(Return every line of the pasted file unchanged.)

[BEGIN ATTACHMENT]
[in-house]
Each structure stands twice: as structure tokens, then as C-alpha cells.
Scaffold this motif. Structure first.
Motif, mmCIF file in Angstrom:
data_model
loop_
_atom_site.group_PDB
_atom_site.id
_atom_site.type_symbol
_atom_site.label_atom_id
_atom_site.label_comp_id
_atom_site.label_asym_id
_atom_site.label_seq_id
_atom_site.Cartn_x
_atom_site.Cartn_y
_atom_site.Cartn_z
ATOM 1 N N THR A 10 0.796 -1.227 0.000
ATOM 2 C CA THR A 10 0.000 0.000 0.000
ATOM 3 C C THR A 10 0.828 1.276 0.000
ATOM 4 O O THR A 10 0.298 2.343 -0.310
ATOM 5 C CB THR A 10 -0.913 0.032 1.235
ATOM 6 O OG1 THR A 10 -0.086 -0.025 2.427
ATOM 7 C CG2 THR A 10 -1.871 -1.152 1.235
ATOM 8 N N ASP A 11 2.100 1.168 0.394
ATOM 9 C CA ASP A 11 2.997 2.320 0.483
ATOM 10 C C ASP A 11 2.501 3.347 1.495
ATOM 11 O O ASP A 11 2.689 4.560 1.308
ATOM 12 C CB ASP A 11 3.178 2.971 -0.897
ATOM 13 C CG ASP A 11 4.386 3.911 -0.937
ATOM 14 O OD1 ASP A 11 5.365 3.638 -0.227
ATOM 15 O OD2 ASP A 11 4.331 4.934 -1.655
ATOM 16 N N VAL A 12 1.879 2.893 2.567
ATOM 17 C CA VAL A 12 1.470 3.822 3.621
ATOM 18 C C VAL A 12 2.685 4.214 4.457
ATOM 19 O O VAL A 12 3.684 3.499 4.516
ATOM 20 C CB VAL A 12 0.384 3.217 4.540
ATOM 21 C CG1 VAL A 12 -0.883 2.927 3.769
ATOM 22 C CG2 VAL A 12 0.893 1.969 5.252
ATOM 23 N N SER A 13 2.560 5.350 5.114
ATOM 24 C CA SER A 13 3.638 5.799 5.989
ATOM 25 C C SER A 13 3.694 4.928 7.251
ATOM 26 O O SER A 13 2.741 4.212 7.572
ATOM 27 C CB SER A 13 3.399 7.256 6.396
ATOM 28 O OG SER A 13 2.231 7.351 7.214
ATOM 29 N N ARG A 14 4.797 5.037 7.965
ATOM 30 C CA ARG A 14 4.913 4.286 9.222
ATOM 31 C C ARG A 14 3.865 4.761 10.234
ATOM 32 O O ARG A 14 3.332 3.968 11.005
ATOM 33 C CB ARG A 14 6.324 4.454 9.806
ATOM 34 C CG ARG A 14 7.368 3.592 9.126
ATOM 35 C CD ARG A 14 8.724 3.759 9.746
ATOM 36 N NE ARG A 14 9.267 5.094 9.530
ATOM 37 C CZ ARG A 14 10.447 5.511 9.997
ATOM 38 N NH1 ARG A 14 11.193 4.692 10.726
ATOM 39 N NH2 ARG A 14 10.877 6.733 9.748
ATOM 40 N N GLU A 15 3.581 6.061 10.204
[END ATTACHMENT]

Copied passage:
[in-house]
Each structure stands twice: as structure tokens, then as C-alpha cells.
Scaffold this motif. Structure first.
Motif, mmCIF file in Angstrom:
data_model
loop_
_atom_site.group_PDB
_atom_site.id
_atom_site.type_symbol
_atom_site.label_atom_id
_atom_site.label_comp_id
_atom_site.label_asym_id
_atom_site.label_seq_id
_atom_site.Cartn_x
_atom_site.Cartn_y
_atom_site.Cartn_z
ATOM 1 N N THR A 10 0.796 -1.227 0.000
ATOM 2 C CA THR A 10 0.000 0.000 0.000
ATOM 3 C C THR A 10 0.828 1.276 0.000
ATOM 4 O O THR A 10 0.298 2.343 -0.310
ATOM 5 C CB THR A 10 -0.913 0.032 1.235
ATOM 6 O OG1 THR A 10 -0.086 -0.025 2.427
ATOM 7 C CG2 THR A 10 -1.871 -1.152 1.235
ATOM 8 N N ASP A 11 2.100 1.168 0.394
ATOM 9 C CA ASP A 11 2.997 2.320 0.483
ATOM 10 C C ASP A 11 2.501 3.347 1.495
ATOM 11 O O ASP A 11 2.689 4.560 1.308
ATOM 12 C CB ASP A 11 3.178 2.971 -0.897
ATOM 13 C CG ASP A 11 4.386 3.911 -0.937
ATOM 14 O OD1 ASP A 11 5.365 3.638 -0.227
ATOM 15 O OD2 ASP A 11 4.331 4.934 -1.655
ATOM 16 N N VAL A 12 1.879 2.893 2.567
ATOM 17 C CA VAL A 12 1.470 3.822 3.621
ATOM 18 C C VAL A 12 2.685 4.214 4.457
ATOM 19 O O VAL A 12 3.684 3.499 4.516
ATOM 20 C CB VAL A 12 0.384 3.217 4.540
ATOM 21 C CG1 VAL A 12 -0.883 2.927 3.769
ATOM 22 C CG2 VAL A 12 0.893 1.969 5.252
ATOM 23 N N SER A 13 2.560 5.350 5.114
ATOM 24 C CA SER A 13 3.638 5.799 5.989
ATOM 25 C C SER A 13 3.694 4.928 7.251
ATOM 26 O O SER A 13 2.741 4.212 7.572
ATOM 27 C CB SER A 13 3.399 7.256 6.396
ATOM 28 O OG SER A 13 2.231 7.351 7.214
ATOM 29 N N ARG A 14 4.797 5.037 7.965
ATOM 30 C CA ARG A 14 4.913 4.286 9.222
ATOM 31 C C ARG A 14 3.865 4.761 10.234
ATOM 32 O O ARG A 14 3.332 3.968 11.005
ATOM 33 C CB ARG A 14 6.324 4.454 9.806
ATOM 34 C CG ARG A 14 7.368 3.592 9.126
ATOM 35 C CD ARG A 14 8.724 3.759 9.746
ATOM 36 N NE ARG A 14 9.267 5.094 9.530
ATOM 37 C CZ ARG A 14 10.447 5.511 9.997
ATOM 38 N NH1 ARG A 14 11.193 4.692 10.726
ATOM 39 N NH2 ARG A 14 10.877 6.733 9.748
ATOM 40 N N GLU A 15 3.581 6.061 10.204